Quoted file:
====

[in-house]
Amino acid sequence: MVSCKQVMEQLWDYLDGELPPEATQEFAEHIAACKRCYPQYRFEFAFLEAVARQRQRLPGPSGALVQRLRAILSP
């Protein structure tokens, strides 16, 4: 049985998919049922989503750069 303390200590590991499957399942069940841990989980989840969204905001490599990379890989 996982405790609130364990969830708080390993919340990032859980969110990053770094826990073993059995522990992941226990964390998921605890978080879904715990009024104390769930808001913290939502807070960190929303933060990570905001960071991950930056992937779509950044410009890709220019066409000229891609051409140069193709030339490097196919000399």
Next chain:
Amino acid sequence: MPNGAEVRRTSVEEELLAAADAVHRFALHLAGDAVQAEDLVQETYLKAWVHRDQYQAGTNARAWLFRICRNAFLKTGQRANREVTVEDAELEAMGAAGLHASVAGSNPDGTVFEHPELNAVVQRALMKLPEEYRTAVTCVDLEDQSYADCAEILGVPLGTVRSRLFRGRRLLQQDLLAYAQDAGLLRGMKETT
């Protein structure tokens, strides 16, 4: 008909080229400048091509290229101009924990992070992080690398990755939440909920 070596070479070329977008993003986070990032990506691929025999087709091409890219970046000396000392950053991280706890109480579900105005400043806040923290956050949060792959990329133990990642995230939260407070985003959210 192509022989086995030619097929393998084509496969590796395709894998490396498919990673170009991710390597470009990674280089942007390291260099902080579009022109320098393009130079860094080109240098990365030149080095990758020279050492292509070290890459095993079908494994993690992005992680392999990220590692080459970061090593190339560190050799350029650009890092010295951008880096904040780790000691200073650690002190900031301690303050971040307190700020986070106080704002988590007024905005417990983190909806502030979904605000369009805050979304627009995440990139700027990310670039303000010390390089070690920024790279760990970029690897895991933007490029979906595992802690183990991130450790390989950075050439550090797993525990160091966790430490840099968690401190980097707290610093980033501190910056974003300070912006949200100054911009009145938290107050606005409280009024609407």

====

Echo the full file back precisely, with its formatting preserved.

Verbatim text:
[in-house]
Amino acid sequence: MVSCKQVMEQLWDYLDGELPPEATQEFAEHIAACKRCYPQYRFEFAFLEAVARQRQRLPGPSGALVQRLRAILSP
């Protein structure tokens, strides 16, 4: 049985998919049922989503750069 303390200590590991499957399942069940841990989980989840969204905001490599990379890989 996982405790609130364990969830708080390993919340990032859980969110990053770094826990073993059995522990992941226990964390998921605890978080879904715990009024104390769930808001913290939502807070960190929303933060990570905001960071991950930056992937779509950044410009890709220019066409000229891609051409140069193709030339490097196919000399």
Next chain:
Amino acid sequence: MPNGAEVRRTSVEEELLAAADAVHRFALHLAGDAVQAEDLVQETYLKAWVHRDQYQAGTNARAWLFRICRNAFLKTGQRANREVTVEDAELEAMGAAGLHASVAGSNPDGTVFEHPELNAVVQRALMKLPEEYRTAVTCVDLEDQSYADCAEILGVPLGTVRSRLFRGRRLLQQDLLAYAQDAGLLRGMKETT
């Protein structure tokens, strides 16, 4: 008909080229400048091509290229101009924990992070992080690398990755939440909920 070596070479070329977008993003986070990032990506691929025999087709091409890219970046000396000392950053991280706890109480579900105005400043806040923290956050949060792959990329133990990642995230939260407070985003959210 192509022989086995030619097929393998084509496969590796395709894998490396498919990673170009991710390597470009990674280089942007390291260099902080579009022109320098393009130079860094080109240098990365030149080095990758020279050492292509070290890459095993079908494994993690992005992680392999990220590692080459970061090593190339560190050799350029650009890092010295951008880096904040780790000691200073650690002190900031301690303050971040307190700020986070106080704002988590007024905005417990983190909806502030979904605000369009805050979304627009995440990139700027990310670039303000010390390089070690920024790279760990970029690897895991933007490029979906595992802690183990991130450790390989950075050439550090797993525990160091966790430490840099968690401190980097707290610093980033501190910056974003300070912006949200100054911009009145938290107050606005409280009024609407």